We are grateful to Dr Michael Kotlikoff for generously supplying us with SMMHC-cre mice and for communicating openly with the research community about experimental results obtained with these mice both in his laboratory and elsewhere.
Sources of Funding
Studies referred to in this letter were supported by grants from the NHLBI (HL69063, to D.A.D.) and the John L. Locke Jr Charitable Trust. A.D.F. was supported by NHLBI T32 HL07828 and by the EVEREST foundation.
Regan CP, Manabe I, Owens GK. Development of a smooth muscle–targeted cre recombinase mouse reveals novel insights regarding smooth muscle myosin heavy chain promoter regulation. Circ Res. 2000; 87: 363–369.
Dikalova A, Clempus R, Lassegue B, Cheng G, McCoy J, Dikalov S, San Martin A, Lyle A, Weber DS, Weiss D, Taylor WR, Schmidt HH, Owens GK, Lambeth JD, Griendling KK. Nox1 overexpression potentiates angiotensin II-induced hypertension and vascular smooth muscle hypertrophy in transgenic mice. Circulation. 2005; 112: 2668–2676.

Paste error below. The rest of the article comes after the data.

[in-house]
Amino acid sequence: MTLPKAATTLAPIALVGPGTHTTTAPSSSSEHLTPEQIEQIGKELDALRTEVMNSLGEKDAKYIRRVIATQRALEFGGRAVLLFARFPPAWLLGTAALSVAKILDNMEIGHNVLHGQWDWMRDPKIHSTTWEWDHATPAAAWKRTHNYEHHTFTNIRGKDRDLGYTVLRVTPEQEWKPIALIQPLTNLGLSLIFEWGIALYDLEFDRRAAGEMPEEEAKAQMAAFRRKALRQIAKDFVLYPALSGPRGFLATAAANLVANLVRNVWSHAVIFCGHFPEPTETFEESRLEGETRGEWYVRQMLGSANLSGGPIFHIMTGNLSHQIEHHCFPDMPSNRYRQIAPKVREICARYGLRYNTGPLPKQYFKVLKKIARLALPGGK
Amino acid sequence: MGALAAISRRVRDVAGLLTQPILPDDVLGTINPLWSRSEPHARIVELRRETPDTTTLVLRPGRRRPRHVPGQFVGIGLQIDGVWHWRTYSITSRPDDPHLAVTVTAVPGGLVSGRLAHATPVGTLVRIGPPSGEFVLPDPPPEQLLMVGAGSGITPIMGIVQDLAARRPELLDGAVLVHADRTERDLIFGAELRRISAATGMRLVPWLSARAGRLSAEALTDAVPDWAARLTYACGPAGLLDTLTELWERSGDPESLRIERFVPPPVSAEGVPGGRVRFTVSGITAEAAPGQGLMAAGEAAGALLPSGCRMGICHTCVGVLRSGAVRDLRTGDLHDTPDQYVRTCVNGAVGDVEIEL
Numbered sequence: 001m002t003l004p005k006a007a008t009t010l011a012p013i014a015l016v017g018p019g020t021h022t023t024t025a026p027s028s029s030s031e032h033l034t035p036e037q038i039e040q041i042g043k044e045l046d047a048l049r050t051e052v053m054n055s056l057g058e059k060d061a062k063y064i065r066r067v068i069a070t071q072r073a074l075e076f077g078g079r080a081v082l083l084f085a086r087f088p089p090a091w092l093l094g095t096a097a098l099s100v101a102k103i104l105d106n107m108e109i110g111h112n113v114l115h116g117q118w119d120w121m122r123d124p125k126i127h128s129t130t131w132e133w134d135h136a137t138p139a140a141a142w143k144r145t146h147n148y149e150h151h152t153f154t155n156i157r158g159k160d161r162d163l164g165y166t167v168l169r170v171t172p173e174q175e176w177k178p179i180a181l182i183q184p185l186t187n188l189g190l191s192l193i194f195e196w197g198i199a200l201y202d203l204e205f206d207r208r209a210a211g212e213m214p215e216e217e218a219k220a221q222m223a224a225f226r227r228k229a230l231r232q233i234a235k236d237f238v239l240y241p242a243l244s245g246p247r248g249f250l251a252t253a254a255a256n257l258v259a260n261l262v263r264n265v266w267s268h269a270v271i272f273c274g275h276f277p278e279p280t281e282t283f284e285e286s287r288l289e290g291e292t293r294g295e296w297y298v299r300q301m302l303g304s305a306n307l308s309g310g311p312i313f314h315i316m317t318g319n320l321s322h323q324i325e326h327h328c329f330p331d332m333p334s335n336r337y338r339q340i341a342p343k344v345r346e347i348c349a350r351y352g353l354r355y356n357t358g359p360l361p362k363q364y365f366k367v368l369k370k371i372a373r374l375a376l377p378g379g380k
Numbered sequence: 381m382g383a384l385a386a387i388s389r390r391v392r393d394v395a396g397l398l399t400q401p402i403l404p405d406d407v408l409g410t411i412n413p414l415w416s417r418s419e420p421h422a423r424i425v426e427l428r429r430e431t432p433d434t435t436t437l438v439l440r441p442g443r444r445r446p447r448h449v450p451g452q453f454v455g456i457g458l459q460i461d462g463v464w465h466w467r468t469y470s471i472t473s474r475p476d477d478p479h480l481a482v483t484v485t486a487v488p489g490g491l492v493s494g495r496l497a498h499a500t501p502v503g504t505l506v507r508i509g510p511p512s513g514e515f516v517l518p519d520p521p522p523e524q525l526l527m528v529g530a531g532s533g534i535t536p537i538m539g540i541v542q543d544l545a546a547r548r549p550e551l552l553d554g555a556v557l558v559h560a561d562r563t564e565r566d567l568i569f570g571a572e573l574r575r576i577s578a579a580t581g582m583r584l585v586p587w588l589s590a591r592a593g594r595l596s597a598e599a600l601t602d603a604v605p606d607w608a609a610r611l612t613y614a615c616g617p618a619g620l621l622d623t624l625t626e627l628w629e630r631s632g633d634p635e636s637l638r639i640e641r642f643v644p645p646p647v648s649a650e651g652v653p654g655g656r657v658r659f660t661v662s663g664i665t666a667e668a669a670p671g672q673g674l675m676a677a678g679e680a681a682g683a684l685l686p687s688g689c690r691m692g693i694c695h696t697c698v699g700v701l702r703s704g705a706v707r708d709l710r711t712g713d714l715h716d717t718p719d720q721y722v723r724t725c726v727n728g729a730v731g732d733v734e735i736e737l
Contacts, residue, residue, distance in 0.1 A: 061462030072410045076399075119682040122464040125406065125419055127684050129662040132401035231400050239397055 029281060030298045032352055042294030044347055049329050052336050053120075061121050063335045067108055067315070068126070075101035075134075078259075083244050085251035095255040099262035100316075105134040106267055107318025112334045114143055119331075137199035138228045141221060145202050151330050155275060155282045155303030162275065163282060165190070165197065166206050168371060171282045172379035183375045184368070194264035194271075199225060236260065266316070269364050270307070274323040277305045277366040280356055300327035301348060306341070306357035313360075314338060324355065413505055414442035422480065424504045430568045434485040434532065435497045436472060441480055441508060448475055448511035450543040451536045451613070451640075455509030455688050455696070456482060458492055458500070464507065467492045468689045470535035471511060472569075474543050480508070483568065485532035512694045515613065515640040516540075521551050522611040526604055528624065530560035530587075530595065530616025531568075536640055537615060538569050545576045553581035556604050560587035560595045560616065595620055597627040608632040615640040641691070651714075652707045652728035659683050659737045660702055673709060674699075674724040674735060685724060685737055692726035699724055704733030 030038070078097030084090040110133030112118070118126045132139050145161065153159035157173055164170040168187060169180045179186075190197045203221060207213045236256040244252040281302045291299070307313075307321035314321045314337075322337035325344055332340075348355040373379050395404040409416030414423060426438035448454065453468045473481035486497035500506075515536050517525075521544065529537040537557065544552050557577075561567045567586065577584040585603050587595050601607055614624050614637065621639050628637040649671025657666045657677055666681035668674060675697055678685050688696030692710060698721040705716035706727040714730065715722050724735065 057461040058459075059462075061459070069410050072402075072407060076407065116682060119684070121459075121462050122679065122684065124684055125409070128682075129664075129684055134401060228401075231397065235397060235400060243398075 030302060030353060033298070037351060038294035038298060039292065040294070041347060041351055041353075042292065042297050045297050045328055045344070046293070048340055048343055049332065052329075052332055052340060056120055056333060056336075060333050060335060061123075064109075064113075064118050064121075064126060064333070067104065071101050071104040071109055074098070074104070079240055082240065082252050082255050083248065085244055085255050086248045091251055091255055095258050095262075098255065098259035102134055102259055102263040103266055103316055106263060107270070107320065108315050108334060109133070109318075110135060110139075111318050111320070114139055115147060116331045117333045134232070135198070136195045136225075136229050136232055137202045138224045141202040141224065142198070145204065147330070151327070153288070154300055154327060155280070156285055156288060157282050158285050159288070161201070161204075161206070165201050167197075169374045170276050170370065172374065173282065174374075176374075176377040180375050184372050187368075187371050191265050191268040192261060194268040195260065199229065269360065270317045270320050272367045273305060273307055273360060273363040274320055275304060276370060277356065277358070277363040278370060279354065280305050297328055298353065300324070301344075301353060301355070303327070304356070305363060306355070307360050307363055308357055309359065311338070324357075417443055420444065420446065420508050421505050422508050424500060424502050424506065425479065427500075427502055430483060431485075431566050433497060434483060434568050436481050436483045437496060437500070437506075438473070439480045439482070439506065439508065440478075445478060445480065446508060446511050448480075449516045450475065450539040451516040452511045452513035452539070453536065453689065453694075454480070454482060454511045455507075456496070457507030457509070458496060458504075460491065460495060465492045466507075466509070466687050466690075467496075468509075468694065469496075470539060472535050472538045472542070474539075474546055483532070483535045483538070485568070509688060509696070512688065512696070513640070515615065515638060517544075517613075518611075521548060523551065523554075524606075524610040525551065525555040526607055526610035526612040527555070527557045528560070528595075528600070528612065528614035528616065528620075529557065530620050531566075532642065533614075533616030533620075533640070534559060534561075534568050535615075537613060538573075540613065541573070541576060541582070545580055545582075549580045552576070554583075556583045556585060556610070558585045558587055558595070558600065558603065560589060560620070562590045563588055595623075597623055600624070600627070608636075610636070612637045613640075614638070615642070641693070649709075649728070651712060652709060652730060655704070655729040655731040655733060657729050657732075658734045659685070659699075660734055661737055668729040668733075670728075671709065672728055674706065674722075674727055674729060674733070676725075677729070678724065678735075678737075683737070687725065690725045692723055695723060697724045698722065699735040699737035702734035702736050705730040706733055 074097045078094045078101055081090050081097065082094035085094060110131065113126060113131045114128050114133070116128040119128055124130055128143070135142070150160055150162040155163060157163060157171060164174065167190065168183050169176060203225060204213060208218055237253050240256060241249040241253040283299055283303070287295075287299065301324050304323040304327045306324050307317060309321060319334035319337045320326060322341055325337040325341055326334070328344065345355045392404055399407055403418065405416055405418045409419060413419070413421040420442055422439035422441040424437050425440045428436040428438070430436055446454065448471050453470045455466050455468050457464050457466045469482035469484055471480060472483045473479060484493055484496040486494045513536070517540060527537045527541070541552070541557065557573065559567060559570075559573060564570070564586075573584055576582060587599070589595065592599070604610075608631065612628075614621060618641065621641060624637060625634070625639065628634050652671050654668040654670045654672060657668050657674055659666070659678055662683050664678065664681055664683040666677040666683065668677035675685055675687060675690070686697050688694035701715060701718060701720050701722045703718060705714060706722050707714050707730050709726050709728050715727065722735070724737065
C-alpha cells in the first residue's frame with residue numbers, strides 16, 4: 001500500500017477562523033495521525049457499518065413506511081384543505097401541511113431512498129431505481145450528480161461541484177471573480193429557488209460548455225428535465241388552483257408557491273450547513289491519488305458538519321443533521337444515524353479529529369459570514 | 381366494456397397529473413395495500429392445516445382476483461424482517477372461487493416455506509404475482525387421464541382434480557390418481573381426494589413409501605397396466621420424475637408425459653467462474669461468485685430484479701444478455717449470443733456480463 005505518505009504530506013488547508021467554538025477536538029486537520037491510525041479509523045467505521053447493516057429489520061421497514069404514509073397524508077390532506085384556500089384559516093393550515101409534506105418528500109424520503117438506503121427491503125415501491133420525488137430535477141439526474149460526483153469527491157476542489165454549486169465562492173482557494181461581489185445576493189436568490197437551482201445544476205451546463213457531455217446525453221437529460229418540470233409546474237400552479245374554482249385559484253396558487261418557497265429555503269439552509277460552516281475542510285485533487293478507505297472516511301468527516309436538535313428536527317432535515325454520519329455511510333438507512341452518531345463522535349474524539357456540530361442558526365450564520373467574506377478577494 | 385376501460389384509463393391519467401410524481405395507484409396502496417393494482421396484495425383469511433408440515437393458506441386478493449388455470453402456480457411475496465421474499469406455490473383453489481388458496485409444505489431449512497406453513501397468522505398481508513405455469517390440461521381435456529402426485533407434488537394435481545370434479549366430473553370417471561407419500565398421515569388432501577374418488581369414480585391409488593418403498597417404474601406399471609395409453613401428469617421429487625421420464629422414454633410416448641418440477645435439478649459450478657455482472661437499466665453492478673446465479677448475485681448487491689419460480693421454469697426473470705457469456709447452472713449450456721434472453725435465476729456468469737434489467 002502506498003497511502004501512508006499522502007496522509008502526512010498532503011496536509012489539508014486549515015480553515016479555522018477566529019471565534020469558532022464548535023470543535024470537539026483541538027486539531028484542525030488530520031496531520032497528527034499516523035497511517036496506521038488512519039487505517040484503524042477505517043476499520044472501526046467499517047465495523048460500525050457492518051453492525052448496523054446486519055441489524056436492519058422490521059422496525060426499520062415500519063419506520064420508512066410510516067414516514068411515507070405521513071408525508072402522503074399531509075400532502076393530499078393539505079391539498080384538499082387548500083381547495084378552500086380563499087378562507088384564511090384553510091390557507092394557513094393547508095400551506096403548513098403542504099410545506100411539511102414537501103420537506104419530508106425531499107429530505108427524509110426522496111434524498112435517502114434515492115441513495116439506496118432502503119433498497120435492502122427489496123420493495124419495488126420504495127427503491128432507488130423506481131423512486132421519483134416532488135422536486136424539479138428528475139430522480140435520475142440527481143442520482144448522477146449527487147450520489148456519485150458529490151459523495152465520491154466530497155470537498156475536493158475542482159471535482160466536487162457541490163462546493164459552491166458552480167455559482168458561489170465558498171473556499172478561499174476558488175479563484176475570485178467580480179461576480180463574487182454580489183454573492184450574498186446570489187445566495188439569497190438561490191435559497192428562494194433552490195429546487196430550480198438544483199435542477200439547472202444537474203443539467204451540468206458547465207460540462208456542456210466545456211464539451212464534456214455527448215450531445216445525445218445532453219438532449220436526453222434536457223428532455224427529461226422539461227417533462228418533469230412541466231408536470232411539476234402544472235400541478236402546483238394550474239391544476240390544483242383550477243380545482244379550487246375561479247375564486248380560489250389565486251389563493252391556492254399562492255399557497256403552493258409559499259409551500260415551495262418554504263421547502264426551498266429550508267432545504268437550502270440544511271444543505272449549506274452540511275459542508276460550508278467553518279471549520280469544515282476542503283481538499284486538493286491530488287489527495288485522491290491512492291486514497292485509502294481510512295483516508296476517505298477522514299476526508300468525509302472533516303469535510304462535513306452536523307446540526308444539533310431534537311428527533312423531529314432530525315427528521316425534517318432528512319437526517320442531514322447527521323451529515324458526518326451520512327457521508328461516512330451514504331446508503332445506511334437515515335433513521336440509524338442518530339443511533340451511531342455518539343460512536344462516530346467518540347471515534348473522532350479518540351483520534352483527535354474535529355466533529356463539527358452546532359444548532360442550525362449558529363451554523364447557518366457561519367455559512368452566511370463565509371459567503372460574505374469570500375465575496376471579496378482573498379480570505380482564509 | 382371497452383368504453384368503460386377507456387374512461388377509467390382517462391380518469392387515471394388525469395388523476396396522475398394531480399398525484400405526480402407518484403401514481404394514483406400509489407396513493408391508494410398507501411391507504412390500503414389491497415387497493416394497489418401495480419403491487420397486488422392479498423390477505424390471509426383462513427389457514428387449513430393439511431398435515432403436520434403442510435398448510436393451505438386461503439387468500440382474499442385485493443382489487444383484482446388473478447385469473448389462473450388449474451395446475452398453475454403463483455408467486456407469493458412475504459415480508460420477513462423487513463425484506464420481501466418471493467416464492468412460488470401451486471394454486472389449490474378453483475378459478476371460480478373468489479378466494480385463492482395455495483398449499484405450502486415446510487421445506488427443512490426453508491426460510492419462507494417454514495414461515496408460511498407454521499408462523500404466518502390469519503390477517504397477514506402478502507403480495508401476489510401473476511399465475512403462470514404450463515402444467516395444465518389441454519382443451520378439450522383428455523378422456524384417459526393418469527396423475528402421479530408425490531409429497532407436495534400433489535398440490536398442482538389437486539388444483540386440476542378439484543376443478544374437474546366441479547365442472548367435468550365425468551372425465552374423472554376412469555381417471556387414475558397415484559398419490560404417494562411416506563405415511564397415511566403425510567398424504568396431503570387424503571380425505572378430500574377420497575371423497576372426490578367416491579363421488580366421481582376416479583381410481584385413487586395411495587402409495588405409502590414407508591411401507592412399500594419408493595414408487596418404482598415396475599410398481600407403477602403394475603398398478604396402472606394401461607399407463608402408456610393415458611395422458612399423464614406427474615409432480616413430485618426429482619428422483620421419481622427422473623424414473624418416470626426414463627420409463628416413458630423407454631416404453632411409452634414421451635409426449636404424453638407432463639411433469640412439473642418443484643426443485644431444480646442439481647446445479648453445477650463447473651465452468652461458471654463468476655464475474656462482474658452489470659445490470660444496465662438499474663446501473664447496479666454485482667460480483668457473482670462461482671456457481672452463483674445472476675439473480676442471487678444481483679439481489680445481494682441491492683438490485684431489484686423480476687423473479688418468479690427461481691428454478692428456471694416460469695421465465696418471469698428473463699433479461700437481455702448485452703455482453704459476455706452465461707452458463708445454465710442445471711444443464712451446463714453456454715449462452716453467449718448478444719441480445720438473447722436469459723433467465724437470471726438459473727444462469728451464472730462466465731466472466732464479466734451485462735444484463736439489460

Zhang Y, Griendling KK, Dikalova A, Owens GK, Taylor WR. Vascular hypertrophy in angiotensin II-induced hypertension is mediated by vascular smooth muscle cell-derived H2O2. Hypertension. 2005; 46: 732–737.
Leveen P, Larsson J, Ehinger M, Cilio CM, Sundler M, Sjostrand LJ, Holmdahl R, Karlsson S. Induced disruption of the transforming growth factor beta type II receptor gene in mice causes a lethal inflammatory disorder that is transplantable. Blood. 2002; 100: 560–568.
Holtwick R, Gotthardt M, Skryabin B, Steinmetz M, Potthast R, Zetsche B, Hammer RE, Herz J, Kuhn M. Smooth muscle-selective deletion of guanylyl cyclase-A prevents the acute but not chronic effects of ANP on blood pressure. Proc Natl Acad Sci U S A. 2002; 99: 7142–7147.
Miano JM, Ramanan N, Georger MA, de Mesy Bentley KL, Emerson RL, Balza RO Jr, Xiao Q, Weiler H, Ginty DD, Misra RP. Restricted inactivation of serum response factor to the cardiovascular system. Proc Natl Acad Sci U S A. 2004; 101: 17132–17137.
Xin HB, Deng KY, Rishniw M, Ji G, Kotlikoff MI. Smooth muscle expression of Cre recombinase and eGFP in transgenic mice. Physiol Genomics. 2002; 10: 211–215.